My Review (3 stars out of 5)
In the nineteen sixties, American Frank W. Abagnale, while utilising several aliases, became one of the cleverest con men the world has ever seen. Posing as an airline pilot, a doctor, a lawyer, and sociology professor, he forged thousands of cheques, stayed free of charge in hundreds of hotels and had a whole string of beautiful girlfriends along the way.
Co-authored (actually authored) by Stan Redding, this book was first published in 1980, long after Frank Abagnale had been caught by police and FBI agents. The audiobook is superbly narrated by Barrett Whitener and is certainly entertaining. The problem, of course, is that Abagnale himself had little to do with writing the book and consequently a fair proportion of it is little more than an amusing, but fictionized account of his adventures. There are videos on YouTube where the man himself talks about his life and details events that are radically different from those depicted in the book. When reading (or listening to) an account of someone’s life, I expect there to be a certain amount of dramatization, but for the most part I’d like to think that it’s a reasonably accurate story.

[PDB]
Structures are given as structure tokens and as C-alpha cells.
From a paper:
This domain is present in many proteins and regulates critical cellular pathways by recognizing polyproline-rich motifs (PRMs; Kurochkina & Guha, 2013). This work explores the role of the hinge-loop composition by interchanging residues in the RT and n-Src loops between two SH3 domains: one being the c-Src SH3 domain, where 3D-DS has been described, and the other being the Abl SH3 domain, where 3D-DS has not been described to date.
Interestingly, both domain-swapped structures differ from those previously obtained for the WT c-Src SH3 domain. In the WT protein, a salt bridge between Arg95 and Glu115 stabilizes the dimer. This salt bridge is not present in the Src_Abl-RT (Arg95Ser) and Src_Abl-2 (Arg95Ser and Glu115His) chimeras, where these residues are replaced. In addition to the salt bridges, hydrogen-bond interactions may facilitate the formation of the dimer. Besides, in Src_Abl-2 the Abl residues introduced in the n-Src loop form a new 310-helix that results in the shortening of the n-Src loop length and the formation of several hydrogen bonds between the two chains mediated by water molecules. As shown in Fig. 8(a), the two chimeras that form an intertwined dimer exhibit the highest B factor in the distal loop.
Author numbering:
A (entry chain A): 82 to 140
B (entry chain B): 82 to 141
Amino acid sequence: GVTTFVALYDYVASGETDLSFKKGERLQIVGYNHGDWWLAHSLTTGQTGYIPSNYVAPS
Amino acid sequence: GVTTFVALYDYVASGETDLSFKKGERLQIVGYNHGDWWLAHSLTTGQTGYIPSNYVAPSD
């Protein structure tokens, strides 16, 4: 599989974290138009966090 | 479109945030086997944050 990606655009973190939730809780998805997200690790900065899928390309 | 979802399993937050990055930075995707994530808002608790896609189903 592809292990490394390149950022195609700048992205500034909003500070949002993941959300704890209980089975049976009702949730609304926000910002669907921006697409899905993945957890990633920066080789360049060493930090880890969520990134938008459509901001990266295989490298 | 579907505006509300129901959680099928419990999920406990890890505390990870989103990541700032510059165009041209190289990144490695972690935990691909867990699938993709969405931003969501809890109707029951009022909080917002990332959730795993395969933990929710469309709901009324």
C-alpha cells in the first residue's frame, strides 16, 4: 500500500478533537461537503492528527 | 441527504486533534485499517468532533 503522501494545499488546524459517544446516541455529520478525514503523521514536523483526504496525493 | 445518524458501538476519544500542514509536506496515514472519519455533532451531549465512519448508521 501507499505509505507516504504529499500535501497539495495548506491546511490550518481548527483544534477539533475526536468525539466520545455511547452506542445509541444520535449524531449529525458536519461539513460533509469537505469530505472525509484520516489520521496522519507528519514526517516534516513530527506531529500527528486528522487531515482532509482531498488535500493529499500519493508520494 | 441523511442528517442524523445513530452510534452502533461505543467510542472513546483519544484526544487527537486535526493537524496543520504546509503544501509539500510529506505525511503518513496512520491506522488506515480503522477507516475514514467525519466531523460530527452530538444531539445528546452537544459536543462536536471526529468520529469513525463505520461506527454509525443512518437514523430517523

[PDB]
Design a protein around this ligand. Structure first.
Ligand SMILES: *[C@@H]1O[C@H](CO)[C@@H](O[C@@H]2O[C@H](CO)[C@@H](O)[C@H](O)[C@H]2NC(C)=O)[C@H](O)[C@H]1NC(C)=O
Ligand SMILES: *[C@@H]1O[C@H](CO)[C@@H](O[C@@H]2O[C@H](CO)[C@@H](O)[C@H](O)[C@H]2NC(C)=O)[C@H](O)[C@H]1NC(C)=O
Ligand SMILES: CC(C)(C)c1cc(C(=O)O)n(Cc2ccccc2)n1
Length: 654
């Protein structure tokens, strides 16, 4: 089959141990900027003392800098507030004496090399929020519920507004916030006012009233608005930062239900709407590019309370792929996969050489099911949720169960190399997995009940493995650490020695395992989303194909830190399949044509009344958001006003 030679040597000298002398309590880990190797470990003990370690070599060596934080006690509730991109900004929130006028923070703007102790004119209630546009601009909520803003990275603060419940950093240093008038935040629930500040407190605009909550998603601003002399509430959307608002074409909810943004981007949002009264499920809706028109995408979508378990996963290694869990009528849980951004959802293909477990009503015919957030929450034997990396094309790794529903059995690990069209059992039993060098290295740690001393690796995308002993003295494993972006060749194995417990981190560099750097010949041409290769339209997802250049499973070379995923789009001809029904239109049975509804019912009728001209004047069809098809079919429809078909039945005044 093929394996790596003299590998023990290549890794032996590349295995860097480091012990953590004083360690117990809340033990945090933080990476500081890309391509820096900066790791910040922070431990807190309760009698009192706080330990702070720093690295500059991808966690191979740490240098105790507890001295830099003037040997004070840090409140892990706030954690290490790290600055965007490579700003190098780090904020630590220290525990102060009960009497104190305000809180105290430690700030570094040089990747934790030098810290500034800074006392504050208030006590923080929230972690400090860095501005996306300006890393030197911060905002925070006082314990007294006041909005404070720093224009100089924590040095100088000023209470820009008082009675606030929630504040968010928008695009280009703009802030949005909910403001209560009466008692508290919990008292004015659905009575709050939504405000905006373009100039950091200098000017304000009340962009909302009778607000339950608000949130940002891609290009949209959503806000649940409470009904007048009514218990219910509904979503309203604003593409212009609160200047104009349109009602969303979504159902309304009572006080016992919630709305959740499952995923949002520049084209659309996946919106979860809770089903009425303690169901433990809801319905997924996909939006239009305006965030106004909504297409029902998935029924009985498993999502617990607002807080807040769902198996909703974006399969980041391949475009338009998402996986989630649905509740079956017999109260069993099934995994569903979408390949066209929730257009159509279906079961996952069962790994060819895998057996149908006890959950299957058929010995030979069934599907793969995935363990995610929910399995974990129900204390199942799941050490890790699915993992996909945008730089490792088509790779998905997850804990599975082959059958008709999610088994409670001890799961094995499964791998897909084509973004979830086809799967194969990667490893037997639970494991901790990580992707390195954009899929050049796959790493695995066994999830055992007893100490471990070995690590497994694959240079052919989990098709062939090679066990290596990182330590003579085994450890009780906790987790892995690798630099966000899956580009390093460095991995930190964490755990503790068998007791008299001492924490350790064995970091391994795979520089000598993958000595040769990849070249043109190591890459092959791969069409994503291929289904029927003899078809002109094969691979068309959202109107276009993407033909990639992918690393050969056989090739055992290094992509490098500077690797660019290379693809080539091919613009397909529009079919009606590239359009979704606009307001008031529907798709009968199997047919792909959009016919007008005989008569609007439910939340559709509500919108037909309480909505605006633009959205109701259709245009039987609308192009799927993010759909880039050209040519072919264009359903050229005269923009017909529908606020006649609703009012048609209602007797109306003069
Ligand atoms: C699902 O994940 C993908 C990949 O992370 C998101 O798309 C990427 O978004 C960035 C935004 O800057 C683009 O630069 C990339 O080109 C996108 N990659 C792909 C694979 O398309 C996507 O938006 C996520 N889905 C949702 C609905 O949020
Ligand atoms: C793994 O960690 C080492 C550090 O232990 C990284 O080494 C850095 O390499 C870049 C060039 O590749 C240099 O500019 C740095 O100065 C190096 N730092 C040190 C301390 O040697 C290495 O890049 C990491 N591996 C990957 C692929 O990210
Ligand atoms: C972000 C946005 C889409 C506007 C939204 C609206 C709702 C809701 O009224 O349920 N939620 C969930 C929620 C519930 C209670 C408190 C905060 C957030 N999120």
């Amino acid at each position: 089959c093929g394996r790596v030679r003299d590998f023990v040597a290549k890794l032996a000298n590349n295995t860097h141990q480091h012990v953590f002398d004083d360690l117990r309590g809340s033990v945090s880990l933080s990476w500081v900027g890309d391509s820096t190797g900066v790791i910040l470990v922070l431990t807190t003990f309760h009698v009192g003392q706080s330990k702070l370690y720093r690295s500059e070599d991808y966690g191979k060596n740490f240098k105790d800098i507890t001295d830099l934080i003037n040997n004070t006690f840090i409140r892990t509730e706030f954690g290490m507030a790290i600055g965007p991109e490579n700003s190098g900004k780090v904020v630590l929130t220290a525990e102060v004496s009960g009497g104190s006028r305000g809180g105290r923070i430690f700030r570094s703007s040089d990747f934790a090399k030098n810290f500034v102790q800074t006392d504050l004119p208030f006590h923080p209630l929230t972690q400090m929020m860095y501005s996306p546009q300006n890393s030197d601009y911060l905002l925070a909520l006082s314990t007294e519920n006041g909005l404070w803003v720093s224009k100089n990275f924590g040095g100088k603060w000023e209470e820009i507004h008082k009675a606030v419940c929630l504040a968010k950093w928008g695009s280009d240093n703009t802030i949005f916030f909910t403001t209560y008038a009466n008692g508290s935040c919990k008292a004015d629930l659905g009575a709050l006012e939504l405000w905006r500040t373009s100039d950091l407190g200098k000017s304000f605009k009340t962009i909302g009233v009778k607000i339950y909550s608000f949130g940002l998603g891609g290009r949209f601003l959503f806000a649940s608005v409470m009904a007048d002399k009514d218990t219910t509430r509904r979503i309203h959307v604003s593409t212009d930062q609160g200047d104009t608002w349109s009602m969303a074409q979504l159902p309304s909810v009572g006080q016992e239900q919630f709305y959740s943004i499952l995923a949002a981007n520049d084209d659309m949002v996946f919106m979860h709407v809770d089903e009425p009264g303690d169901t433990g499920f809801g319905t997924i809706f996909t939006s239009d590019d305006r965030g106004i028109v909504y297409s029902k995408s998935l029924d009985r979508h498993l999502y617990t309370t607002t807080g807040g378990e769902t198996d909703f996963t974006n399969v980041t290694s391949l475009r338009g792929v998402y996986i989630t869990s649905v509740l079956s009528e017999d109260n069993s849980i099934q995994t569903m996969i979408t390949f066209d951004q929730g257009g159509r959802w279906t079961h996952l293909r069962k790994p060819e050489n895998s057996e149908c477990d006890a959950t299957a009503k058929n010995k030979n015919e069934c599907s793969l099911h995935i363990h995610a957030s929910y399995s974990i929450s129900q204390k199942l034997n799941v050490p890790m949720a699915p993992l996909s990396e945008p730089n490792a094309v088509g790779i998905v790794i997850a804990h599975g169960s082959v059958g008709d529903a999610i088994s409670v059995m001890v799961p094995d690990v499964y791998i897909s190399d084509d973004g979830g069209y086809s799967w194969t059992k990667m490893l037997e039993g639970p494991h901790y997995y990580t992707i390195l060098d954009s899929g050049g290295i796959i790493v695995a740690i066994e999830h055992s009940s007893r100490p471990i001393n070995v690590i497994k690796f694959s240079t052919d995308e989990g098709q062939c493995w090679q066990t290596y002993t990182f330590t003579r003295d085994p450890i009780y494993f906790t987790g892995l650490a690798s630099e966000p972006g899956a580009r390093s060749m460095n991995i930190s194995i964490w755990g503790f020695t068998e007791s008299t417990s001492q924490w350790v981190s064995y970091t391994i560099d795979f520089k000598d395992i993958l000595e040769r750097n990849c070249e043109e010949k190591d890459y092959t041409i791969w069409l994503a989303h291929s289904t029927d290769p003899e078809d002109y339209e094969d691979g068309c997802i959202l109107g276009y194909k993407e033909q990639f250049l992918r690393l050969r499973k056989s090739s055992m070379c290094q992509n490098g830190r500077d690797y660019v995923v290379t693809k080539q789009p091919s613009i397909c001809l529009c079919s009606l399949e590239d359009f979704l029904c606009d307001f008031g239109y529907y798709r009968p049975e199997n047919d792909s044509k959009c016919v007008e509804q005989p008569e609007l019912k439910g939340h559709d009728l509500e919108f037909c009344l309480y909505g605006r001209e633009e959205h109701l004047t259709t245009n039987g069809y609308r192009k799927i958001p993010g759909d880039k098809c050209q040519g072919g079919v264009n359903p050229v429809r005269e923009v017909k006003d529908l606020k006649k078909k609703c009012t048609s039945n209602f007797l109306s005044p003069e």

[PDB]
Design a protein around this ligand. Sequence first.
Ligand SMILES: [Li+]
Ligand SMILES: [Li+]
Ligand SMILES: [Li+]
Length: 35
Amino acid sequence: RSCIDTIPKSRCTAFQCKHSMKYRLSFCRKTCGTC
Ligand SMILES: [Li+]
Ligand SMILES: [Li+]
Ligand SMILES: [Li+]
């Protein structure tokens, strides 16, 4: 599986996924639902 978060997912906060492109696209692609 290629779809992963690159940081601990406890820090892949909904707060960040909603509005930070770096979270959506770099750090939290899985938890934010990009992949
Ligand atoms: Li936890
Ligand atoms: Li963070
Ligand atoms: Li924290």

Popularised by the film version (starring Leonardo DiCaprio and Tom Hanks) Catch Me If You Can is good fun, but inevitably, a bit of a let-down on the it-actually-happened front, hence, only three stars.